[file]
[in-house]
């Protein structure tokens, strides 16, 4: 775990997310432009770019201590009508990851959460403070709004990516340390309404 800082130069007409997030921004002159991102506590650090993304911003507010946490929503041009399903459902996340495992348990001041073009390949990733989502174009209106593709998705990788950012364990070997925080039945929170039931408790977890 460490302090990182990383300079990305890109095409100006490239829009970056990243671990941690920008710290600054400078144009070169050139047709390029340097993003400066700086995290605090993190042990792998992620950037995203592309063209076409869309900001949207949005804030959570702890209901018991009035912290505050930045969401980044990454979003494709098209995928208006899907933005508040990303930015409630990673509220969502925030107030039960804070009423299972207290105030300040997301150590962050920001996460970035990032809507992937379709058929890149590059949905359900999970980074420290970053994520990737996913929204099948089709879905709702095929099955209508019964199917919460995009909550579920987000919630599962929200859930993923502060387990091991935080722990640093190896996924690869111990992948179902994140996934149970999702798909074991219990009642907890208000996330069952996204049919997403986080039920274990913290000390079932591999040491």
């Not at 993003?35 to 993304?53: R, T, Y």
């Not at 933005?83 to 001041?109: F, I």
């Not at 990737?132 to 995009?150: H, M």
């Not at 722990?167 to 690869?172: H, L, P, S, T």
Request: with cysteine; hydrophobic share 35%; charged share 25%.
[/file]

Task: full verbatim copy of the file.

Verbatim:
[in-house]
């Protein structure tokens, strides 16, 4: 775990997310432009770019201590009508990851959460403070709004990516340390309404 800082130069007409997030921004002159991102506590650090993304911003507010946490929503041009399903459902996340495992348990001041073009390949990733989502174009209106593709998705990788950012364990070997925080039945929170039931408790977890 460490302090990182990383300079990305890109095409100006490239829009970056990243671990941690920008710290600054400078144009070169050139047709390029340097993003400066700086995290605090993190042990792998992620950037995203592309063209076409869309900001949207949005804030959570702890209901018991009035912290505050930045969401980044990454979003494709098209995928208006899907933005508040990303930015409630990673509220969502925030107030039960804070009423299972207290105030300040997301150590962050920001996460970035990032809507992937379709058929890149590059949905359900999970980074420290970053994520990737996913929204099948089709879905709702095929099955209508019964199917919460995009909550579920987000919630599962929200859930993923502060387990091991935080722990640093190896996924690869111990992948179902994140996934149970999702798909074991219990009642907890208000996330069952996204049919997403986080039920274990913290000390079932591999040491």
């Not at 993003?35 to 993304?53: R, T, Y």
């Not at 933005?83 to 001041?109: F, I």
């Not at 990737?132 to 995009?150: H, M």
């Not at 722990?167 to 690869?172: H, L, P, S, T």
Request: with cysteine; hydrophobic share 35%; charged share 25%.